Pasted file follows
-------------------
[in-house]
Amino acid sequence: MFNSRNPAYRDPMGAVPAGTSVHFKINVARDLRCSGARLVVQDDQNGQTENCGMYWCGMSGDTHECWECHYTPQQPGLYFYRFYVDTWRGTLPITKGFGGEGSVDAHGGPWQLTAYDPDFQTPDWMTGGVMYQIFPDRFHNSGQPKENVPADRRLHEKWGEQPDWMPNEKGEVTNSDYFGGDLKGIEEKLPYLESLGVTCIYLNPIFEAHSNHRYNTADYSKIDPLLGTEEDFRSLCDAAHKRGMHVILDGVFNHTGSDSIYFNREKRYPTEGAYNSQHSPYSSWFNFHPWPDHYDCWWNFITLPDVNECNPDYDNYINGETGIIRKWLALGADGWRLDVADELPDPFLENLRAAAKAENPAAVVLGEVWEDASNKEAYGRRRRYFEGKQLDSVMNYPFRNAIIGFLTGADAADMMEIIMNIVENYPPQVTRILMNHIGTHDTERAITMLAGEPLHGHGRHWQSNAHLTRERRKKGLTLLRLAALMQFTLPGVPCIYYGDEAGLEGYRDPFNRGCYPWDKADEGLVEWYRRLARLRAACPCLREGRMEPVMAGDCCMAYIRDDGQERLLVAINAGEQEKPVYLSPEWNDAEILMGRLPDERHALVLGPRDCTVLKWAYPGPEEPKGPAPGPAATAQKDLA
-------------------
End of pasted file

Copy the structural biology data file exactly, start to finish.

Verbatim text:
[in-house]
Amino acid sequence: MFNSRNPAYRDPMGAVPAGTSVHFKINVARDLRCSGARLVVQDDQNGQTENCGMYWCGMSGDTHECWECHYTPQQPGLYFYRFYVDTWRGTLPITKGFGGEGSVDAHGGPWQLTAYDPDFQTPDWMTGGVMYQIFPDRFHNSGQPKENVPADRRLHEKWGEQPDWMPNEKGEVTNSDYFGGDLKGIEEKLPYLESLGVTCIYLNPIFEAHSNHRYNTADYSKIDPLLGTEEDFRSLCDAAHKRGMHVILDGVFNHTGSDSIYFNREKRYPTEGAYNSQHSPYSSWFNFHPWPDHYDCWWNFITLPDVNECNPDYDNYINGETGIIRKWLALGADGWRLDVADELPDPFLENLRAAAKAENPAAVVLGEVWEDASNKEAYGRRRRYFEGKQLDSVMNYPFRNAIIGFLTGADAADMMEIIMNIVENYPPQVTRILMNHIGTHDTERAITMLAGEPLHGHGRHWQSNAHLTRERRKKGLTLLRLAALMQFTLPGVPCIYYGDEAGLEGYRDPFNRGCYPWDKADEGLVEWYRRLARLRAACPCLREGRMEPVMAGDCCMAYIRDDGQERLLVAINAGEQEKPVYLSPEWNDAEILMGRLPDERHALVLGPRDCTVLKWAYPGPEEPKGPAPGPAATAQKDLA